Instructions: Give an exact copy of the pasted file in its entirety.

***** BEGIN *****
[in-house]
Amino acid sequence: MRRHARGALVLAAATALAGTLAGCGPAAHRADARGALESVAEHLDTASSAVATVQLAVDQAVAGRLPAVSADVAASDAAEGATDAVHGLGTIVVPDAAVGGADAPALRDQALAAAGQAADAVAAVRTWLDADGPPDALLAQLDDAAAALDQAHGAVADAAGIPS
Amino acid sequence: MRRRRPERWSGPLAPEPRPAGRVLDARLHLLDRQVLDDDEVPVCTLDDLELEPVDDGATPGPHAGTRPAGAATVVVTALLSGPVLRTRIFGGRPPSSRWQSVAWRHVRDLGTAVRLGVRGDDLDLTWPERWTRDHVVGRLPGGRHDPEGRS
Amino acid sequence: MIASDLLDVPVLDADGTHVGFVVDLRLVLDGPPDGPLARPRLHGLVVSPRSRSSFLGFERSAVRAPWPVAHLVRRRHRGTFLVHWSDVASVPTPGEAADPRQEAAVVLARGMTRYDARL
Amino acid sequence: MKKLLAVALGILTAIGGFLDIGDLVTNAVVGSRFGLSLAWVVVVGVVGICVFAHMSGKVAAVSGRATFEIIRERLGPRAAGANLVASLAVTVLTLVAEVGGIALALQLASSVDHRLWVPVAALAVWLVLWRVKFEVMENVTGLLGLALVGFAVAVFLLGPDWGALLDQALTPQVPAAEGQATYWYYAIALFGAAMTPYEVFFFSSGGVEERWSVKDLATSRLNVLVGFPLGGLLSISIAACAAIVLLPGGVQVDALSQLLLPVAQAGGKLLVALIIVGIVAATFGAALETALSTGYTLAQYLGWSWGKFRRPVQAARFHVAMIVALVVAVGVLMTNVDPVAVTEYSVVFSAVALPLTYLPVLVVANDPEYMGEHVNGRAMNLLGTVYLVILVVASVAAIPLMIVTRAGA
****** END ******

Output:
[in-house]
Amino acid sequence: MRRHARGALVLAAATALAGTLAGCGPAAHRADARGALESVAEHLDTASSAVATVQLAVDQAVAGRLPAVSADVAASDAAEGATDAVHGLGTIVVPDAAVGGADAPALRDQALAAAGQAADAVAAVRTWLDADGPPDALLAQLDDAAAALDQAHGAVADAAGIPS
Amino acid sequence: MRRRRPERWSGPLAPEPRPAGRVLDARLHLLDRQVLDDDEVPVCTLDDLELEPVDDGATPGPHAGTRPAGAATVVVTALLSGPVLRTRIFGGRPPSSRWQSVAWRHVRDLGTAVRLGVRGDDLDLTWPERWTRDHVVGRLPGGRHDPEGRS
Amino acid sequence: MIASDLLDVPVLDADGTHVGFVVDLRLVLDGPPDGPLARPRLHGLVVSPRSRSSFLGFERSAVRAPWPVAHLVRRRHRGTFLVHWSDVASVPTPGEAADPRQEAAVVLARGMTRYDARL
Amino acid sequence: MKKLLAVALGILTAIGGFLDIGDLVTNAVVGSRFGLSLAWVVVVGVVGICVFAHMSGKVAAVSGRATFEIIRERLGPRAAGANLVASLAVTVLTLVAEVGGIALALQLASSVDHRLWVPVAALAVWLVLWRVKFEVMENVTGLLGLALVGFAVAVFLLGPDWGALLDQALTPQVPAAEGQATYWYYAIALFGAAMTPYEVFFFSSGGVEERWSVKDLATSRLNVLVGFPLGGLLSISIAACAAIVLLPGGVQVDALSQLLLPVAQAGGKLLVALIIVGIVAATFGAALETALSTGYTLAQYLGWSWGKFRRPVQAARFHVAMIVALVVAVGVLMTNVDPVAVTEYSVVFSAVALPLTYLPVLVVANDPEYMGEHVNGRAMNLLGTVYLVILVVASVAAIPLMIVTRAGA